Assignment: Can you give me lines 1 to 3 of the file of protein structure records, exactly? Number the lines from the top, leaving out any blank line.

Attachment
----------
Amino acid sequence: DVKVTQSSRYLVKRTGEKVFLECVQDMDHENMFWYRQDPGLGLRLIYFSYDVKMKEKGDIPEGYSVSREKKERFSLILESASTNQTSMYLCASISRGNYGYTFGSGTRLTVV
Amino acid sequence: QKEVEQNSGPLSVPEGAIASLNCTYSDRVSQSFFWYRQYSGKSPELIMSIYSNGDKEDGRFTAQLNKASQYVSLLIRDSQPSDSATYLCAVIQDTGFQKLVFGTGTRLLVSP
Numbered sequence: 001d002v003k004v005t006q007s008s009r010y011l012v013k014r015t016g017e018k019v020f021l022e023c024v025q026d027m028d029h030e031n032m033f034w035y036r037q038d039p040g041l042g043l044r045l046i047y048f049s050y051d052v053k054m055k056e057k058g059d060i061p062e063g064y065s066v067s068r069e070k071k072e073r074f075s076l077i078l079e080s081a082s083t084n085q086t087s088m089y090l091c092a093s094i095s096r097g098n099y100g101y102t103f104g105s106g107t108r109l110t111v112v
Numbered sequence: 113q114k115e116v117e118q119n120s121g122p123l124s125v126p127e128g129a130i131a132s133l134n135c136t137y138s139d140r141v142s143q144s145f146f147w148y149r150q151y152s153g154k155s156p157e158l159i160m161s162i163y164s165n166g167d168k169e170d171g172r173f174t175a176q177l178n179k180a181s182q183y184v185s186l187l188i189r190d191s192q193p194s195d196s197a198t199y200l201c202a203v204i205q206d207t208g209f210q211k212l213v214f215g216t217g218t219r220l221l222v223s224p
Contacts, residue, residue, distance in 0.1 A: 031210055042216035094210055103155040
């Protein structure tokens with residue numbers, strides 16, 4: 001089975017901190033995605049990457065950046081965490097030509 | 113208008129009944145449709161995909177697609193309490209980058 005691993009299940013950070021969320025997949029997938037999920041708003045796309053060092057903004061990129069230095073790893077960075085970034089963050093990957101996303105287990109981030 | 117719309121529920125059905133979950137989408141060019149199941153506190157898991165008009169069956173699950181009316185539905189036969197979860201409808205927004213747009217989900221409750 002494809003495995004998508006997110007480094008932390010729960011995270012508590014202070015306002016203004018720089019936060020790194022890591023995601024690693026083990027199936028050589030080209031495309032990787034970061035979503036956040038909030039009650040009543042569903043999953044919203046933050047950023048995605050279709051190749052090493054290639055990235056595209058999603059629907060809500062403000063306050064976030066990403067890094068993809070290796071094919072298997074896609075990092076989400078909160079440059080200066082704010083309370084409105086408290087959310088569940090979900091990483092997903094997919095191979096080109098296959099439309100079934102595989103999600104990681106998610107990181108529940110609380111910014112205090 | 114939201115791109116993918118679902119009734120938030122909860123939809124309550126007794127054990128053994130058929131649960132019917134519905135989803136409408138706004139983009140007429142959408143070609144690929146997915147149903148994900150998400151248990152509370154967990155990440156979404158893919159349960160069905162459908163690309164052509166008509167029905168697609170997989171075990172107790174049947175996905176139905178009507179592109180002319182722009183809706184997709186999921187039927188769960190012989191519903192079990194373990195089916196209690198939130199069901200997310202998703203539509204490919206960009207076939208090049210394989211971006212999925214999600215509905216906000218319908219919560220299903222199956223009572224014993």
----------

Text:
Amino acid sequence: DVKVTQSSRYLVKRTGEKVFLECVQDMDHENMFWYRQDPGLGLRLIYFSYDVKMKEKGDIPEGYSVSREKKERFSLILESASTNQTSMYLCASISRGNYGYTFGSGTRLTVV
Amino acid sequence: QKEVEQNSGPLSVPEGAIASLNCTYSDRVSQSFFWYRQYSGKSPELIMSIYSNGDKEDGRFTAQLNKASQYVSLLIRDSQPSDSATYLCAVIQDTGFQKLVFGTGTRLLVSP
Numbered sequence: 001d002v003k004v005t006q007s008s009r010y011l012v013k014r015t016g017e018k019v020f021l022e023c024v025q026d027m028d029h030e031n032m033f034w035y036r037q038d039p040g041l042g043l044r045l046i047y048f049s050y051d052v053k054m055k056e057k058g059d060i061p062e063g064y065s066v067s068r069e070k071k072e073r074f075s076l077i078l079e080s081a082s083t084n085q086t087s088m089y090l091c092a093s094i095s096r097g098n099y100g101y102t103f104g105s106g107t108r109l110t111v112v